Territory Stories

Debates Day 5 - Wednesday 17 October 2007

Details:

Title

Debates Day 5 - Wednesday 17 October 2007

Other title

Parliamentary Record 17

Collection

Debates for 10th Assembly 2005 - 2008; 10th Assembly 2005 - 2008; Parliamentary Record; ParliamentNT

Date

2007-10-17

Notes

Made available by the Legislative Assembly of the Northern Territory

Language

English

Subject

Debates

Publisher name

Legislative Assembly of the Northern Territory

Place of publication

Darwin

File type

application/pdf

Use

Attribution International 4.0 (CC BY 4.0)

Copyright owner

Legislative Assembly of the Northern Territory

License

https://creativecommons.org/licenses/by/4.0/

Parent handle

https://hdl.handle.net/10070/278153

Citation address

https://hdl.handle.net/10070/423053

Page content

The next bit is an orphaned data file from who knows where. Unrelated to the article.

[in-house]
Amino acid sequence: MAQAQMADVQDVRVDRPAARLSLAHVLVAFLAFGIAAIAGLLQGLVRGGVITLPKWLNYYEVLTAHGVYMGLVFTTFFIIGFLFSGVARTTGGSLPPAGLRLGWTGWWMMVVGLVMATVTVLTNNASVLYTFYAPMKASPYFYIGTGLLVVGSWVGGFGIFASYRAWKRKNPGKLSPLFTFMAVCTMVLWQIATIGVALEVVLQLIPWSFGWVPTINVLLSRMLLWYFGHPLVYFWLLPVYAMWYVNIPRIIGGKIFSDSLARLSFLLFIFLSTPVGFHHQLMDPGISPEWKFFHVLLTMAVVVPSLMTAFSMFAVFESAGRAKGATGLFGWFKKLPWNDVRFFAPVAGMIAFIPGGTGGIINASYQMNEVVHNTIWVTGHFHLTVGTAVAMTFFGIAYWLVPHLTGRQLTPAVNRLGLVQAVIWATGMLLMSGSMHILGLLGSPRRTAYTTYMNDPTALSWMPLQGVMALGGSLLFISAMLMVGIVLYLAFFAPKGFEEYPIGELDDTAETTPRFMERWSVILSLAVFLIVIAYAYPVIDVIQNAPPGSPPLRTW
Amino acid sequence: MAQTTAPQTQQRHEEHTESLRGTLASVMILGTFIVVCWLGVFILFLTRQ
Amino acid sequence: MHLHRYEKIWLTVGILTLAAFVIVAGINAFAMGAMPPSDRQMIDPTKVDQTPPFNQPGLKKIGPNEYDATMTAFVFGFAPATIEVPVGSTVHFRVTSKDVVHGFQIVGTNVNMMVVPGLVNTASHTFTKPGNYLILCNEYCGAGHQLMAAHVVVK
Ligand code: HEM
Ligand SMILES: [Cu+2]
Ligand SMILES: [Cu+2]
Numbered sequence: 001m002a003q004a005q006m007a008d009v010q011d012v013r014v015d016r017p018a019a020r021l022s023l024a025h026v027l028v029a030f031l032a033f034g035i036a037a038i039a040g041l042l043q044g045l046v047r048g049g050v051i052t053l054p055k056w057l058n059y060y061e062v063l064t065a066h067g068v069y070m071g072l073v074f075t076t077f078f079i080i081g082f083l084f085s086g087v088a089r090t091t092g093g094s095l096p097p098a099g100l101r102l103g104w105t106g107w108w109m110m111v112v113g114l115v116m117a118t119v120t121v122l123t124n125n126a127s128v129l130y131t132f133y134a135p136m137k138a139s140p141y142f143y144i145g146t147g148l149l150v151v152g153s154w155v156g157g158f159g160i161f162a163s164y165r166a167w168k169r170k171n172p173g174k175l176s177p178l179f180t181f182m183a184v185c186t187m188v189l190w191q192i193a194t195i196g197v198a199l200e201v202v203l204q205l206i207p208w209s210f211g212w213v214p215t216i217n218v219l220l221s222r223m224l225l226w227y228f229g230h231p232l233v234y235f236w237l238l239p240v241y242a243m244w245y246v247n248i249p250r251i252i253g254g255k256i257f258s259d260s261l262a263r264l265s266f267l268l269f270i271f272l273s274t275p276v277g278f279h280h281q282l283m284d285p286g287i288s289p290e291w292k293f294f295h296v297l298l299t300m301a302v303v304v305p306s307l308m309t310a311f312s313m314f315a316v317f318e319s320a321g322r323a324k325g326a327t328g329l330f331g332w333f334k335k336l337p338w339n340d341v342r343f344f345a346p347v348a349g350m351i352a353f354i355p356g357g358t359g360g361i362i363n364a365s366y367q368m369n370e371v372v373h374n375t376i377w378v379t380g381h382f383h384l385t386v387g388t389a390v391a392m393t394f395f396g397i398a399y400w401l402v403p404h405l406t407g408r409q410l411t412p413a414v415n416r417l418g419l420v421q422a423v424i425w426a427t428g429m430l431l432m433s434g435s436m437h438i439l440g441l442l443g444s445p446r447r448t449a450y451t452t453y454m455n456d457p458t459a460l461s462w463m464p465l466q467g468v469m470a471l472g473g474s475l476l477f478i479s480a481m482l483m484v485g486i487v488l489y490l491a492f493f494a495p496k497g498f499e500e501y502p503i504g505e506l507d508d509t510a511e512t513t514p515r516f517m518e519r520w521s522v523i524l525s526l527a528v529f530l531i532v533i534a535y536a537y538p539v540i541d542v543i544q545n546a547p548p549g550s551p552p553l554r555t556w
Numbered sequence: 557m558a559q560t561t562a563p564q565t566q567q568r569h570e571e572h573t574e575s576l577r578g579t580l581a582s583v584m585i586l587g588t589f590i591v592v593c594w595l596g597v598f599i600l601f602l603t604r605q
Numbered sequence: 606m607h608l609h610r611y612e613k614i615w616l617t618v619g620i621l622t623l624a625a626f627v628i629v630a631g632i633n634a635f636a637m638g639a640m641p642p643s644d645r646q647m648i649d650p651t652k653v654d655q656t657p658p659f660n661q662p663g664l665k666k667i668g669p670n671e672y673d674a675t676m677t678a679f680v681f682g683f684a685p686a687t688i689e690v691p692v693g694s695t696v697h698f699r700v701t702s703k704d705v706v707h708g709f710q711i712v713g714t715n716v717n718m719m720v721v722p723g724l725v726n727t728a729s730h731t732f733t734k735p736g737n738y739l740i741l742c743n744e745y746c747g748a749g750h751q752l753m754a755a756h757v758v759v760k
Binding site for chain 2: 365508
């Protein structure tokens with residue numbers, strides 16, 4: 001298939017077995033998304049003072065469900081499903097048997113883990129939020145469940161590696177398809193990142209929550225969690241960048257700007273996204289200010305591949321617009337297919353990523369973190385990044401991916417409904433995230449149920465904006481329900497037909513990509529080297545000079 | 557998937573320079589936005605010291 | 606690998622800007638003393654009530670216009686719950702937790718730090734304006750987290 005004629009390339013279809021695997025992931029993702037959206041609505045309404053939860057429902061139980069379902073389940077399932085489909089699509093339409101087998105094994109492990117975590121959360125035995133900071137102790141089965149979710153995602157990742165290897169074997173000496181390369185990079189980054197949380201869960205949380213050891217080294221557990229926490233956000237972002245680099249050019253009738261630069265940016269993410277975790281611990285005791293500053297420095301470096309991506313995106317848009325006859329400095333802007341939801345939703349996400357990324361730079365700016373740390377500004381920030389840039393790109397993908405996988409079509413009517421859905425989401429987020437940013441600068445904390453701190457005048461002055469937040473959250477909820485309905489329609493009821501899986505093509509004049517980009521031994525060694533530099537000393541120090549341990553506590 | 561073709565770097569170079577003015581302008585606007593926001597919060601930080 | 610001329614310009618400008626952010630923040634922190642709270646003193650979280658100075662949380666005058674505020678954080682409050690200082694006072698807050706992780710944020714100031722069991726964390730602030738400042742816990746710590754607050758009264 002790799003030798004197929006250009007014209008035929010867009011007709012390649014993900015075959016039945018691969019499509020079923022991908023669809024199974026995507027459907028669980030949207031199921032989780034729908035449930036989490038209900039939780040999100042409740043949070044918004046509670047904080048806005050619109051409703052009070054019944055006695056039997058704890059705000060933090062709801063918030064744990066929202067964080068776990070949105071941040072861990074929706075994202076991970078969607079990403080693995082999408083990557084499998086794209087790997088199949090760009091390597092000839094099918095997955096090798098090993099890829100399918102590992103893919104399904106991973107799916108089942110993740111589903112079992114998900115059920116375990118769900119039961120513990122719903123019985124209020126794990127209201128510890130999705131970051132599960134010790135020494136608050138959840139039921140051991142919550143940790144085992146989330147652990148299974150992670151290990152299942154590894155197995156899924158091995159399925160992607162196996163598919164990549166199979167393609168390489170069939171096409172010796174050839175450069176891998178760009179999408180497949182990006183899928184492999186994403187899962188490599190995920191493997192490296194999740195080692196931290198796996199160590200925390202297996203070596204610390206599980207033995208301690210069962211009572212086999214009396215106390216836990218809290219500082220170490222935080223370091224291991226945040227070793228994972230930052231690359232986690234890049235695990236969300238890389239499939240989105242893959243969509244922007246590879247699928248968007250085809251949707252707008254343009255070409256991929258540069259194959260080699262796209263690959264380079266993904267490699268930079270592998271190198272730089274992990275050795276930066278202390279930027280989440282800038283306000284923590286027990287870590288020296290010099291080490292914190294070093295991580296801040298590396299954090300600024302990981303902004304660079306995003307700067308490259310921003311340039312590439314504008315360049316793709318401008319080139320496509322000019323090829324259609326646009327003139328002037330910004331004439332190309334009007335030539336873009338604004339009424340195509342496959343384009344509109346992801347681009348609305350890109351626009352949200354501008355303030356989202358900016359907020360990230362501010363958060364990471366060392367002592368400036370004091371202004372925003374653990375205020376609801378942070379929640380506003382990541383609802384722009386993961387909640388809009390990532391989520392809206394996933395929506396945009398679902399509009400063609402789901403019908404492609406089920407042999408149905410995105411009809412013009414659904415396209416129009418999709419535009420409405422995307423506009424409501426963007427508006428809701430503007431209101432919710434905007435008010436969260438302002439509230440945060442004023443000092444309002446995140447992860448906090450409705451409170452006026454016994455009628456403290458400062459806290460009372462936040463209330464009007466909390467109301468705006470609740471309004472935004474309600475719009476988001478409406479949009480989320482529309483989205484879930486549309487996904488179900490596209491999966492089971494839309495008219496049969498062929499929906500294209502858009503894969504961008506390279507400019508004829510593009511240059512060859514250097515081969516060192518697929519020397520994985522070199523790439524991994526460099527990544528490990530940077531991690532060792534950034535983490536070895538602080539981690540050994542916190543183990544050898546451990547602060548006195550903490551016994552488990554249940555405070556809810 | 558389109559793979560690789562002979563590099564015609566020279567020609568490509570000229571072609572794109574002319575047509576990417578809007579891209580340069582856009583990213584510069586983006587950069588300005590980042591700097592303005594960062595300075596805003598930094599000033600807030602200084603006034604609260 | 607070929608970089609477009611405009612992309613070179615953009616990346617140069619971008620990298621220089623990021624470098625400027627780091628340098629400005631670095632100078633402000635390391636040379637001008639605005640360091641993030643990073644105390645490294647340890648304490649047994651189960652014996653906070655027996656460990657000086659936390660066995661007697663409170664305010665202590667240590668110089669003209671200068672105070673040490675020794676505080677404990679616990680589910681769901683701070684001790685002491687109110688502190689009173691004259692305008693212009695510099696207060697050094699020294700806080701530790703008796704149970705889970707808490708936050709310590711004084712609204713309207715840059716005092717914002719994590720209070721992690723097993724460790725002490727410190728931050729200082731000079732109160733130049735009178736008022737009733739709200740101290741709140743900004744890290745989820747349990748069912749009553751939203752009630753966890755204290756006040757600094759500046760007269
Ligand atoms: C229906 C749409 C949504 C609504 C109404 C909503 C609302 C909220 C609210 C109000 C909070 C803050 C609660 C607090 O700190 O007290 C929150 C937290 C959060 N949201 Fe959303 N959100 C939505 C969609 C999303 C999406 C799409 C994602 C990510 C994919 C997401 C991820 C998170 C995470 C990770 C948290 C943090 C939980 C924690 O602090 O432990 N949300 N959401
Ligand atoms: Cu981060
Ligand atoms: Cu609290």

DEBATES Wednesday 17 October 2007 4859 Another component is a new, separate penalty for someone who is obstructing or assaults someone who is directed to order cleanups. That is fair as well. It can be a pressure time. If there is a cyclone on the way and someone is properly authorised to direct the cleanup, that has to be respected, so an assault or obstructing a person acting under section 44 will attract a new penalty of up to $22 000 or two years in gaol. These are simple but important changes to the Disasters Act. Madam Speaker, I thank everyone for their contribution and support. Motion agreed to; bill read a second time. Ms MARTIN (Chief Minister)(by leave): Madam Speaker, I move that the bill be now read a third time. Motion agreed to; bill read a third time. TABLED PAPER Northern Territory Electoral Commission Report Stuart By-Election Madam SPEAKER: Honourable members, I table the report of the Legislative Assembly by-election for the Division of Stuart produced by the Northern Territory Electoral Commission in accordance with the Electoral Act. MINISTERIAL STATEMENT AustralAsia Trade Route Ms MARTIN (Chief Minister): Madam Speaker, I inform the Assembly on the progress we are making in growing the AustralAsia Trade Route. Developing the AustralAsia Trade Route and positioning the Territory as Australias gateway to Asia is critical to the long-term prosperity of the Territory. It will stimulate economic growth and help to broaden and deepen the Territorys economic base. It will encourage new international trade flows and new sustainable industry development, and create more jobs and business opportunities for Territorians now and into the future. The trade route, as members know, involves the development of an alternative trade route connecting southern Australia with Asia through Darwin. It takes advantage of the modern infrastructure and transport links now available in the Territory, including our rail and port developments. It is about capturing niche opportunities to move freight between Australia and Asia that, in the past, would not have come via Darwin. It is about stimulating investment in new warehousing and distribution facilities in the Territory to process and handle the freight. It is also about maximising our use of the new freight network to service both our domestic and international trade and business. The AustralAsia Trade Route has been pivotal to capturing these opportunities. I am advised that the railway has captured some 90% of the line-haul freight carried between Adelaide and Darwin. Despite some early setbacks, the railway is now a critical part of the Territorys domestic freight network and companies such as Northline are back moving the majority of their freight via rail. The land bridge of bulk minerals from Central and southern Australia to Asia is happening. I will provide more detail on this later. The new shipping services are enabling our mining supply and service companies to develop new export markets, particularly with Indonesia. The emerging trade route has supported the movement of project cargos for our defence, mining and offshore oil and gas industries and, while the development of land bridge container trade has been limited, due in part to the capacity constraints of the railway in gearing-up for the high volume bulk mineral trades, this remains a future opportunity that we will continue to pursue. We have seen recently a perfect example of our emerging trade route in action with a $5m, 67 000 tonne shipment of iron ore coming to Darwin by rail from the Territory Resources project at Frances Creek through East Arm port and on to China. It was a reminder of how important our strategic investments in key infrastructure are and will continue to be to the Territory economy. The $1.3bn transcontinental railway, the $200m East Arm Wharf upgrade and the $50m Darwin Business Park is infrastructure that sets the Territory up for the future. Our new $24m bulk mineral loading facilities are making East Arm the port of choice for bulk mineral exports from Central Australia. These strategic investments have enabled forward-thinking companies like Territory Resources to establish viable operations and secure long-term, lucrative contracts. I will talk more about some of the traffic we are seeing through the port shortly. Madam Speaker, we have made considerable progress, but there is much more to do if the trade route is to fulfil its undoubted potential. We have a plan to grow the trade route and we have been implementing that plan. Members will recall that in February 2005, I tabled the governments Growing Our Trade Route Strategy in the Legislative Assembly. The key elements of that strategy revolve around developing new international shipping linkages, levering new industry growth from the port and rail developments, particularly in the Darwin Business Park with new consolidation and distribution centres, growing new export


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